Capital Gains Tax (CGT) - tax year end considerations

CGT is the tax you pay on any profit made from selling or disposing of an asset.

2 min read

Everyone is entitled to an annual CGT allowance, known as the annual exempt amount. For the 2023/2024 tax year, this exemption is £6,000. If you don't make full use of your CGT allowance in a given tax year, you can’t carry it forward to the next.

It is also worth noting that the annual CGT exemption is reducing to £3,000 in the 2024/2025 tax year.

As we approach the new tax year, starting on 6th April 2024, it may be beneficial for investors to consider utilising their CGT allowance to optimise their financial planning and make use of this year’s allowance before it is lost.

Here are some key considerations:

Tax Rates

Any gains up to the exempt amount are tax-free. After this, the rate of CGT that you pay depends on your overall income. For 2023/2024, the rates are 10% for basic rate taxpayers and 20% for higher and additional rate taxpayers. Residential property gains are subject to different rates: 18% for basic rate taxpayers and 28% for higher and additional rate taxpayers.

Losses and Offsetting Gains

Investors can offset capital losses against capital gains. It may be beneficial to review your portfolio for any investments that have incurred losses to offset the gains and reduce your overall CGT liability.

Tax-Efficient Investments

To reduce future CGT bills, consider tax-efficient investments, such as Individual Savings Accounts (ISAs) and pensions, where gains can grow tax-free or tax-deferred.

Gifts and Transfers

Transfers between spouses or civil partners are usually not subject to CGT, which means that assets can be transferred between partners without paying tax, as long as they are not separated. This may be beneficial if one partner is likely to exceed their annual CGT allowance and the other has unused allowance.

However, it's essential to understand the rules surrounding gifts and transfers to ensure compliance. If you are unsure, speak to a tax or financial adviser.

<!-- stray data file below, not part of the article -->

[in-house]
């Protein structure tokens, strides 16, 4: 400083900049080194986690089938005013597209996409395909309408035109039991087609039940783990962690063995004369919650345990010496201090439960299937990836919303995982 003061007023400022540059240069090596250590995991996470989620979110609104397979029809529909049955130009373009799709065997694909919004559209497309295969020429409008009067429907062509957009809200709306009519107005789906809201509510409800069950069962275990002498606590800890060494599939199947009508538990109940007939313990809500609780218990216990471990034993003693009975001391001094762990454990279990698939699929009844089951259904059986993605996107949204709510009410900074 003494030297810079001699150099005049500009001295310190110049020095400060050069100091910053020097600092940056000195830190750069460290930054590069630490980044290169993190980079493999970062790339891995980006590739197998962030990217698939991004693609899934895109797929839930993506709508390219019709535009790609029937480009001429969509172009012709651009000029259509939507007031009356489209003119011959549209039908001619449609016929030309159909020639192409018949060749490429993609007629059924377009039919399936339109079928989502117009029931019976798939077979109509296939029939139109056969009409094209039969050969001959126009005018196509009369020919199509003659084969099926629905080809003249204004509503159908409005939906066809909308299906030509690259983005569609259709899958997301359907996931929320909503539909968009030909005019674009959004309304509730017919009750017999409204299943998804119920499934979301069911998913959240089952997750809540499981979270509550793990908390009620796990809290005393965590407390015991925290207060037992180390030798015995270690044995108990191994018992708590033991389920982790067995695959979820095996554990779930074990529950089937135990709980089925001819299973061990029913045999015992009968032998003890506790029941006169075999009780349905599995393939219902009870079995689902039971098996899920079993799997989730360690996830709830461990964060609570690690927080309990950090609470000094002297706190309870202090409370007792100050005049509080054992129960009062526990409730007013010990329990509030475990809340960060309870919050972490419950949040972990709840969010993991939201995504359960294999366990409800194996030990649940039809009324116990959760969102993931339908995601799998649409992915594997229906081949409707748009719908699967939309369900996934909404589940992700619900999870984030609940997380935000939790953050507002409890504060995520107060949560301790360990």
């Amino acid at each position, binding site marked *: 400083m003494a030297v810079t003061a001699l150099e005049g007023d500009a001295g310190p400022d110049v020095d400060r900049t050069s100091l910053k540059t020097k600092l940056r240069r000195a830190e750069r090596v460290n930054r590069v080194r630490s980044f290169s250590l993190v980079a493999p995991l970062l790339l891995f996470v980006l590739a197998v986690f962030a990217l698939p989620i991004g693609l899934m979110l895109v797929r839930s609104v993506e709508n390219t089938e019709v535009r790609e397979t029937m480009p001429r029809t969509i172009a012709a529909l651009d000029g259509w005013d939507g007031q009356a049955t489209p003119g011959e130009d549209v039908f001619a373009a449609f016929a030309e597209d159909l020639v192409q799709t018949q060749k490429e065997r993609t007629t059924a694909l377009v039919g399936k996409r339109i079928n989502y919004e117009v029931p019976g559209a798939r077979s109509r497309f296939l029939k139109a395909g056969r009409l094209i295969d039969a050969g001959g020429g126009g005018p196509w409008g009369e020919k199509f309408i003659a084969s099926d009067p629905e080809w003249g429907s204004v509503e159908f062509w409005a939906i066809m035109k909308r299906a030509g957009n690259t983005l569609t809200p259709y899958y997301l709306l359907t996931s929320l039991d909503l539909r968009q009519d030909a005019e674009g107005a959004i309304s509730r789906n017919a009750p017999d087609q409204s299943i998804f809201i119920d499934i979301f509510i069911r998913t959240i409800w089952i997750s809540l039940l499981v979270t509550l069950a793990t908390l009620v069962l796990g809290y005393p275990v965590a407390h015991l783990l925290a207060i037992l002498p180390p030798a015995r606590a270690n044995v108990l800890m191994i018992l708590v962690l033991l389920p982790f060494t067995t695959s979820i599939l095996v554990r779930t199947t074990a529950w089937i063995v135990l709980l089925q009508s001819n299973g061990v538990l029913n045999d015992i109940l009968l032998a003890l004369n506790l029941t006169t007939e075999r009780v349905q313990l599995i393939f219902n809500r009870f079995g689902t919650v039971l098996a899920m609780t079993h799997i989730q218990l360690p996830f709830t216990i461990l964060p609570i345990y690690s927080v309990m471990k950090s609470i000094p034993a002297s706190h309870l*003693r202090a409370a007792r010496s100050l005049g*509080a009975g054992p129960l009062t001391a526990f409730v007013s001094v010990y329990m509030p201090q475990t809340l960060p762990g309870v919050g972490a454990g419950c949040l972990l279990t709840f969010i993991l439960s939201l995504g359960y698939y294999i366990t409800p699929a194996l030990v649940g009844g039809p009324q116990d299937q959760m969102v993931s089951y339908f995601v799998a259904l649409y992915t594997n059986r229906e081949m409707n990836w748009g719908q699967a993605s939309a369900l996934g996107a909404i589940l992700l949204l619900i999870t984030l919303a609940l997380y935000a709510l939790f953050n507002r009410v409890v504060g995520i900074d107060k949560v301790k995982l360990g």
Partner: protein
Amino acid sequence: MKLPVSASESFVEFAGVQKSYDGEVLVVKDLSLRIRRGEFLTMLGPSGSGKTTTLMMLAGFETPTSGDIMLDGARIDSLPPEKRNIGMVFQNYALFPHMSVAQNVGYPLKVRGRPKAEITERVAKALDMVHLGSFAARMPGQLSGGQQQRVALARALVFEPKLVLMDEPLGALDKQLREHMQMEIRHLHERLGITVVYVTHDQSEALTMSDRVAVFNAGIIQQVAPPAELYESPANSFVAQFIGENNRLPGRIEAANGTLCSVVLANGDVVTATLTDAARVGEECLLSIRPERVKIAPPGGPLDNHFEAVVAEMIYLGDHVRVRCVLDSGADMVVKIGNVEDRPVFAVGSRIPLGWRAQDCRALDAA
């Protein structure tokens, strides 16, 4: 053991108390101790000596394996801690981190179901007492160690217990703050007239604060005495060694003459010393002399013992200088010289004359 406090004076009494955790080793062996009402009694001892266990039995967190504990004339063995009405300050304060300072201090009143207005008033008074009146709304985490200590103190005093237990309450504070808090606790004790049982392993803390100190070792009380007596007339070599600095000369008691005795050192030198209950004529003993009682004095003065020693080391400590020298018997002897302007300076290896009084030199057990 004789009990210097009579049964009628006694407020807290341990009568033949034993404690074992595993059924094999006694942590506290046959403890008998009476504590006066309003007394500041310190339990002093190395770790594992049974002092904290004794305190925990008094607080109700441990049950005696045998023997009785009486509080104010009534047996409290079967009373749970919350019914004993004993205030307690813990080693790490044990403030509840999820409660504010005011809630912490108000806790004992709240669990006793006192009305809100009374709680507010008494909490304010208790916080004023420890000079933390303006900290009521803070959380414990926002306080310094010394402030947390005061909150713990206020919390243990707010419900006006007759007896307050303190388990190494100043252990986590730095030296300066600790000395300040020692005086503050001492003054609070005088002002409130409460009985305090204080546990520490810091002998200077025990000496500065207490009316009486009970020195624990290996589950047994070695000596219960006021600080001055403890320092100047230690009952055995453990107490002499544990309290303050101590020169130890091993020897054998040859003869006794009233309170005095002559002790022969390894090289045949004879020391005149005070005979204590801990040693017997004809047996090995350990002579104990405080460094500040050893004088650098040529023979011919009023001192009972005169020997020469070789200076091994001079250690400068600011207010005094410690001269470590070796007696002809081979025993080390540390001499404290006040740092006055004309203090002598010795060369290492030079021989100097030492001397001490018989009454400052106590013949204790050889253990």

Reliefs and Exemptions

Certain reliefs and exemptions may apply, such as Entrepreneur's Relief for business assets or Principal Private Residence Relief for your main home. Be aware of the conditions and criteria for these reliefs.

Timing of Sales

The timing of selling assets can impact the tax liability. Consider deferring sales to a new tax year or spreading sales over multiple years to make the most of annual exemptions.

Record Keeping

It is important that you maintain accurate records of all transactions, costs, and disposals. This will help you to calculate gains or losses accurately for tax purposes.

Professional Advice

Remember, tax rules can change, and individual circumstances may vary. It’s always a good idea to seek advice for specific guidance based on your personal financial situation and goals.

Please note: This content is for general information only and does not constitute advice. The information is aimed at retail clients only.

The content was accurate at the time of writing. Whilst information is considered to be true and correct at the date of publication, changes in circumstances, regulation and legislation after the time of publication may impact on the accuracy of the article.

This information is based on our current understanding of taxation legislation and regulations. Any levels and bases of, and reliefs from, taxation are subject to change and tax implications will be based on your individual circumstances.

The Financial Conduct Authority does not regulate advice on taxation.